Weekend Takeaways from Cork and Leopardstown


Monday, April 08, 2019
Lady Kaya with Marie McCarthy, Joanne Lavery, Ana German, John Lavery, Robbie Colgan, Sheila Lavery after winning The Ballylinch Stud Priory Belle 1,000 Guineas Trial Stakes  Photo.carolinenorris.ie

Lady Kaya with Marie McCarthy, Joanne Lavery, Ana German, John Lavery, Robbie Colgan, Sheila Lavery after winning The Ballylinch Stud Priory Belle 1,000 Guineas Trial Stakes Photo.carolinenorris.ie


Laverys’ Lady a great racing story

Lady Kaya’s comfortable triumph in the Ballylinch Stud 1000 Guineas Trial at Leopardstown on Saturday illustrated once more that the dream at the core of racing at all levels can become reality.

Her trainer Sheila Lavery only took out a licence in 2012, at a time when the recession had left its mark on the industry and she was 52 years of age. The only member of her family to have any interest in horses, she her interest initially was in eventing and she branched into thoroughbred breeding before opting to try pinhooking, buying young stock and selling them as two-year-olds.

When she failed to move four of her projects, she took out a licence to train and they started winning. Her brother John provided the initial investment and found himself enjoying it. Trusting his sister’s judgement at the sales, he has been his sister’s primary patron as the yard has grown with each increasingly successful campaign.

Robbie Colgan has been a key member of the operation in recent years as a work rider initially and such was the fruitfulness of his partnership on the track with Chinook in 2018 that the long-time jump jockey has chosen to focus entirely on the Flat this season.

Meanwhile, John’s daughter Joanne has been trading in recent years and getting more involved in Sheila’s breeding interests now that training is taking over more of her time. Lady Kaya was one Joanne intended to sell as a yearling, having bought the daughter of Dandy Man from Ballylinch Stud for €15,000. She couldn’t get enough however, so she put her in training with her aunt. And now, whatever happens, she owns a very valuable filly with a broodmare career assured as a Group 3 winner.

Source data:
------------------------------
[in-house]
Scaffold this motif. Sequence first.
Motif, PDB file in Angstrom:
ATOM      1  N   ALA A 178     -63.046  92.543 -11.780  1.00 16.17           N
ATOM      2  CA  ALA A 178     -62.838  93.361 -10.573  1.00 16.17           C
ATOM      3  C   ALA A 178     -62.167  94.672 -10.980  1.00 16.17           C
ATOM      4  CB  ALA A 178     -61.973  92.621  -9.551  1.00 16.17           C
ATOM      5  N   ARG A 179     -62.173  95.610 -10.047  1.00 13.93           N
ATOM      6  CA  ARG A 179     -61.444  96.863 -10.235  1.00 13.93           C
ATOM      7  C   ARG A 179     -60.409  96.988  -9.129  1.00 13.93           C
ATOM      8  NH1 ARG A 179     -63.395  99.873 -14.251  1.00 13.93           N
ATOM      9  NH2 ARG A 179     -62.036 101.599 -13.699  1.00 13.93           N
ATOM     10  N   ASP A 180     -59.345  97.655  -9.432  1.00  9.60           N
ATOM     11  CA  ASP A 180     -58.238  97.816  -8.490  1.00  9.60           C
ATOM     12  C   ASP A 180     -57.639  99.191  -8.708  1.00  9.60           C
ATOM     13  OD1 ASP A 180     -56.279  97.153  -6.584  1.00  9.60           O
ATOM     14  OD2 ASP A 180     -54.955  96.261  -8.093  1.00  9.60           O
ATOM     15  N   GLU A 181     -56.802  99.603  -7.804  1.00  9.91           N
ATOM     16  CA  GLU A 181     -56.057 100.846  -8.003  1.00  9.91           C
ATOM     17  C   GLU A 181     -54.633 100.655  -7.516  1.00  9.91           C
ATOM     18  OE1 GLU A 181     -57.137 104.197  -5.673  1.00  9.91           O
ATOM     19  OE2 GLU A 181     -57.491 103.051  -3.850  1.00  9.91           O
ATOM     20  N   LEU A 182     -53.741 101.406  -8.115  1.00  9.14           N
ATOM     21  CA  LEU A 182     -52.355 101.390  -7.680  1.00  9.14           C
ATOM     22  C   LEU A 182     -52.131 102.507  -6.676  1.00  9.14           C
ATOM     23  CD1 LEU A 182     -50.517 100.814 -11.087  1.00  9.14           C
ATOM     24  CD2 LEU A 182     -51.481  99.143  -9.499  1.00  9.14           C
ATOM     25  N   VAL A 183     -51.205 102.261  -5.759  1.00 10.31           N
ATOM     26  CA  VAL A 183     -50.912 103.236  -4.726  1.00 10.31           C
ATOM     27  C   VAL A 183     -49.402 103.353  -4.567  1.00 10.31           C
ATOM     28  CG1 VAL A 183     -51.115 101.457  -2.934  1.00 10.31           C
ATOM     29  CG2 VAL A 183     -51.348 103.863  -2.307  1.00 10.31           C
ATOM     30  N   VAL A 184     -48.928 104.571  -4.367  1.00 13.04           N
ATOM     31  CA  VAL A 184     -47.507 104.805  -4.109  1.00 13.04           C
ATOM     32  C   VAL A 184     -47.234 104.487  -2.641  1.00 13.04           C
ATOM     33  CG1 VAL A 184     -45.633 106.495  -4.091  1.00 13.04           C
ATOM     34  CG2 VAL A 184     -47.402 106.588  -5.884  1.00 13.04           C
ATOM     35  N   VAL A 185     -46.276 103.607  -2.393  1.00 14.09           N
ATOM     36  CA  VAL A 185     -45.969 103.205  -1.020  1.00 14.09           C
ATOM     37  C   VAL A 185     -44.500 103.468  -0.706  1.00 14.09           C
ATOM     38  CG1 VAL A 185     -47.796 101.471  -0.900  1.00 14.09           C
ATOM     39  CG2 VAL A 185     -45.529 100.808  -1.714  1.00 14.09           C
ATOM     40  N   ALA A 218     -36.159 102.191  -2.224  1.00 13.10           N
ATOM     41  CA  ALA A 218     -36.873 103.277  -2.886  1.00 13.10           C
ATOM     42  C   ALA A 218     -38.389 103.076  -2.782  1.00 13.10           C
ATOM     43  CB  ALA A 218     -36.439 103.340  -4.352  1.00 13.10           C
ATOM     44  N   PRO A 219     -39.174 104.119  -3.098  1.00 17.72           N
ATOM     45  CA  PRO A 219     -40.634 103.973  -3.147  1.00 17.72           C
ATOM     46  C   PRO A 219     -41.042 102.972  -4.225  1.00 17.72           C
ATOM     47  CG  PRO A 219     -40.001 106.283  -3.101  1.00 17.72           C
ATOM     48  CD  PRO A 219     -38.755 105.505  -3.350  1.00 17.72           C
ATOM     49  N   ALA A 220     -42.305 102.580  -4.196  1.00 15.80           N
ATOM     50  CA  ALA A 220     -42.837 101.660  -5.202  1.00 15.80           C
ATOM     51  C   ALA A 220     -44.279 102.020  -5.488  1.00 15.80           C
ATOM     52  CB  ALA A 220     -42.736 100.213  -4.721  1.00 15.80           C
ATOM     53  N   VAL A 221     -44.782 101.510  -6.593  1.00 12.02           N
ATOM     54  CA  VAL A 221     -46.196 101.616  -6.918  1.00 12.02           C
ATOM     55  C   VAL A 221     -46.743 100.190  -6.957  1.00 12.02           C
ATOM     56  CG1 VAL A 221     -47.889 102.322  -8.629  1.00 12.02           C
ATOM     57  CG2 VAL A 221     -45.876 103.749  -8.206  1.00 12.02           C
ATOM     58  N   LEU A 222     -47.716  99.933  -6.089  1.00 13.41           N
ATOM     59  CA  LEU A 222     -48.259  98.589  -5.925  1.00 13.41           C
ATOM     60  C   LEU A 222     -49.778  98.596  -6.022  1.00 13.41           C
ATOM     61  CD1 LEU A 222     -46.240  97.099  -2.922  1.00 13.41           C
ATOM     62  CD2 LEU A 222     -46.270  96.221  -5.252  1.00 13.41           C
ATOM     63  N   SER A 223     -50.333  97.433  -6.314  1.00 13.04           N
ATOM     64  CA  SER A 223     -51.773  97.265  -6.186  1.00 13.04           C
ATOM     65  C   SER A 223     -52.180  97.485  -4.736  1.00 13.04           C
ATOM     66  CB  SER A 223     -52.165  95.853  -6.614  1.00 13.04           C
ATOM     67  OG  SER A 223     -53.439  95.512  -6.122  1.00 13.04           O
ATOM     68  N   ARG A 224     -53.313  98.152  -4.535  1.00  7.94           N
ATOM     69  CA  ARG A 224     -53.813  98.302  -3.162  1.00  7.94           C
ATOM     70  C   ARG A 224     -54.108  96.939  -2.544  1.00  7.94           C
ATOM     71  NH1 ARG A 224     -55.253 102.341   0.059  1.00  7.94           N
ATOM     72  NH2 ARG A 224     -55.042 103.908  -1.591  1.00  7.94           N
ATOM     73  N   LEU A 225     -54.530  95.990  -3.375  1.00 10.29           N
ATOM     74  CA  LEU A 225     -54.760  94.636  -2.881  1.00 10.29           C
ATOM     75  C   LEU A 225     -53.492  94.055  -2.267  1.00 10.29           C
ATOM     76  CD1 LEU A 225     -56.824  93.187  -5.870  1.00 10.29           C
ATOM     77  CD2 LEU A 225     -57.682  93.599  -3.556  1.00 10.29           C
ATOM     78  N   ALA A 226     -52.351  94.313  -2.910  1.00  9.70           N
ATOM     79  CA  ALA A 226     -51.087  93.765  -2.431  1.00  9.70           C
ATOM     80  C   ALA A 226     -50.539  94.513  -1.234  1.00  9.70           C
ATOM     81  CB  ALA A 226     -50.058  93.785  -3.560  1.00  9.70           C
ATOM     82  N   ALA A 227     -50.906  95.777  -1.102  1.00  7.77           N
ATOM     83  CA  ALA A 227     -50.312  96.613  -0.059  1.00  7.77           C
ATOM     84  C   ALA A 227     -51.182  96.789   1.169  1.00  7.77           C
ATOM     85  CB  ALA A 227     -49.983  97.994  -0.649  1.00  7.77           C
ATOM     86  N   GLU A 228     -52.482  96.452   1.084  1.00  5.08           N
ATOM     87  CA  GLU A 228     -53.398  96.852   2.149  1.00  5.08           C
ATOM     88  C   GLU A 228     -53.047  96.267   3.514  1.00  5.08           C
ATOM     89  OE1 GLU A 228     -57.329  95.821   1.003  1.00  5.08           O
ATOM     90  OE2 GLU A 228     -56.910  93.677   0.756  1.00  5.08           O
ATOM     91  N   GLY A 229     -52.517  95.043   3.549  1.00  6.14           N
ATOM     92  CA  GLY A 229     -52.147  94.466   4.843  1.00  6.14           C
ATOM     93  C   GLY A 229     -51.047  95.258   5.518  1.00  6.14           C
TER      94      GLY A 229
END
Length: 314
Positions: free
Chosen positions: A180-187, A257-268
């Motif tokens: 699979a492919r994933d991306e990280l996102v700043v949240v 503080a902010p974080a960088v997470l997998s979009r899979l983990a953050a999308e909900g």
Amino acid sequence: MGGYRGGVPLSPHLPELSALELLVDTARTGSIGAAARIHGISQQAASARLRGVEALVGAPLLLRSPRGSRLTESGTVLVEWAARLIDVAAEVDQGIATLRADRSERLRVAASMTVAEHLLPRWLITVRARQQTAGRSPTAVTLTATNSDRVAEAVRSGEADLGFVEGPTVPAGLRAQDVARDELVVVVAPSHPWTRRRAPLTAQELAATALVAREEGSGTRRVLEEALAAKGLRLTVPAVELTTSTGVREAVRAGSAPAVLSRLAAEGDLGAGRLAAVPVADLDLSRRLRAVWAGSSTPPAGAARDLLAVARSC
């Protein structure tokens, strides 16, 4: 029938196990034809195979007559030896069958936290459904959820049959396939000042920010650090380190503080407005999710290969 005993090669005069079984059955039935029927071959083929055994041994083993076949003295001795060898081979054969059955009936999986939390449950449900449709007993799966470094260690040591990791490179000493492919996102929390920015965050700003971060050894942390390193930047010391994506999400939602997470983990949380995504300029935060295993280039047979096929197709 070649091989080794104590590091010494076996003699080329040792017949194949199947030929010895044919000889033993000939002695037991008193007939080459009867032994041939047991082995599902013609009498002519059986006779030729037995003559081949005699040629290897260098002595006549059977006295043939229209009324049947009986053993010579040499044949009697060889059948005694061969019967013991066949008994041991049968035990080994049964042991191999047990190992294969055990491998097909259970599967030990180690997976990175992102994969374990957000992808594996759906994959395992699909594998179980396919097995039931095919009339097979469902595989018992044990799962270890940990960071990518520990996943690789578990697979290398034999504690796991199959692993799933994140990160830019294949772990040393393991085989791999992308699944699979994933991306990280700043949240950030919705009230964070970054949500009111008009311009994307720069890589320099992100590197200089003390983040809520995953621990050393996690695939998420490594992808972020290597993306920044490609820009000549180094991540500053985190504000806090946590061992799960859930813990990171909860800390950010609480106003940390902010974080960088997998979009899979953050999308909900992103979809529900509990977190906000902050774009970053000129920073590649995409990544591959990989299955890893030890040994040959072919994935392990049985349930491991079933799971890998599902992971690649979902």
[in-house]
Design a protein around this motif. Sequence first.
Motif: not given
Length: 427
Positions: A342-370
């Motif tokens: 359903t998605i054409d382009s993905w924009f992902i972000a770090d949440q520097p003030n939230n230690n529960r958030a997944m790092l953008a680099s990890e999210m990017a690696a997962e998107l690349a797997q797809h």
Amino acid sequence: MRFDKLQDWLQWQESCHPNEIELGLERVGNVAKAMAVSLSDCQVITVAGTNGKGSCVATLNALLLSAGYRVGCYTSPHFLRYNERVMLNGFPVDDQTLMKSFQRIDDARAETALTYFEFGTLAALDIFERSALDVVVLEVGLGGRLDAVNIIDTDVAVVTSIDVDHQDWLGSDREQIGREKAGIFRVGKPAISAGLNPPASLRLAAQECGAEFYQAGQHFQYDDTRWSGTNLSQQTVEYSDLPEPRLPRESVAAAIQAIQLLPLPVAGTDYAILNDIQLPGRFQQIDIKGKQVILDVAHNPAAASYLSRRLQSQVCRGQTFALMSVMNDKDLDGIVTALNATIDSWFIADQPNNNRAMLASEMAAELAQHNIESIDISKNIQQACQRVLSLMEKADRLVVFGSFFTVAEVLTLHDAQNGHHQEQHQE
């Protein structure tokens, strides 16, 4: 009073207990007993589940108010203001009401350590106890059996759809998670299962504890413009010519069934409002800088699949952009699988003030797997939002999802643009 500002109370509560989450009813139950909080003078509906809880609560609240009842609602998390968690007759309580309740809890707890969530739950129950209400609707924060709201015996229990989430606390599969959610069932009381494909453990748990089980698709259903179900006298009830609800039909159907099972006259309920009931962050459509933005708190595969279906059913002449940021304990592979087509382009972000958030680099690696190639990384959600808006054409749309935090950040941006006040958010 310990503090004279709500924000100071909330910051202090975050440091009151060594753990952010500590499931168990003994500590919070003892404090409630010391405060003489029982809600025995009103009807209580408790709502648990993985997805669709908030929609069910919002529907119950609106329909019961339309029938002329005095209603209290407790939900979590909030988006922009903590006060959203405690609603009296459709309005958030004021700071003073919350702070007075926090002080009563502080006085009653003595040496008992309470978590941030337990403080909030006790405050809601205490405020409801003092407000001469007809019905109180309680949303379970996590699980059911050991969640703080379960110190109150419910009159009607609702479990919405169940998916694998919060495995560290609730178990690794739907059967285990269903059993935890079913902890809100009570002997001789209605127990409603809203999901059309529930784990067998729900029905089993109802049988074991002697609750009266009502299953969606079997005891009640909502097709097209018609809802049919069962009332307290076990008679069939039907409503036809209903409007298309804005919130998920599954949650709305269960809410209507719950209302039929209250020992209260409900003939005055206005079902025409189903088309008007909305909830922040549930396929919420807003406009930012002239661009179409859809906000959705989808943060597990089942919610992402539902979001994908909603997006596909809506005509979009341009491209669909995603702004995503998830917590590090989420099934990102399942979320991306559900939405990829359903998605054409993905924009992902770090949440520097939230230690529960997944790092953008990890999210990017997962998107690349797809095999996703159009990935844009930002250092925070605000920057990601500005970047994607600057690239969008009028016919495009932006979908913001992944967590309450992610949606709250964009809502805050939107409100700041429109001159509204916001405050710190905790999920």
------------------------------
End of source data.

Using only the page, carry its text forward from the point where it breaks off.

And even if a mile does stretch her and Classic glory is beyond the Laverys’ Lady, it is hard to imagine her not taking plenty of scalps over seven furlongs. It is truly a great racing story.

Jon Ess does his namesake proud

Conor O’Dwyer was a Gold Cup-winning jockey who initially concentrated on training in the National Hunt sphere but economics have seen him turn his attention to the Flat more in recent years.

Jon Ess made it two winners on the trot on the level for the Rossmore House trainer in the Corkracecourse.ie Apprentice Handicap yesterday under Tom Madden and it was one that was dear to his heart given that Dragon Pulse five-year-old is named after his great friend and former weigh room colleague John Shortt, who died two years ago after a long battle with cancer.

Jon Ess, owned by the Brinkleys Syndicate, has certainly done his bit to keep the Shortt name in lights and this was his fourth career success. One suspects it won’t be the last.

Jock for John

The Names Jock looks a smart recruit for John Kiely. The octogenarian is better known as a trainer of top class National Hunt horses, from Carlingford Lough back to Ivan King, with Blazing Liss, Liss A Paoraigh, Black Queen, Sweeps Hill and Indian Pace in between.

The Dungarvan handler is no stranger to Flat success however, Toe The Line illustrating that well in recent times and The Names Jock might be one to pick off some good pots along the way after bagging the Mallow Handicap at Cork yesterday with Billy Lee, a week after a promising third-place finish in Navan.

Owned by Brian Gleeson, of RTÉ and ITV Racing, the three-year-old bred by Dermot Weld’s Springbank Way Stud was purchased by former flat jockey Ted Durcan with a view to pursuing a career as a juvenile hurdler and bears the hallmarks of a horse that may well flourish in that division.

But the shrewd Kiely - described by Gleeson as “the maestro” – is never one to pass up an opportunity along the way and one suspects there might be another pot or two to be hoovered up yet before Jock turns his attentions to the obstacles.

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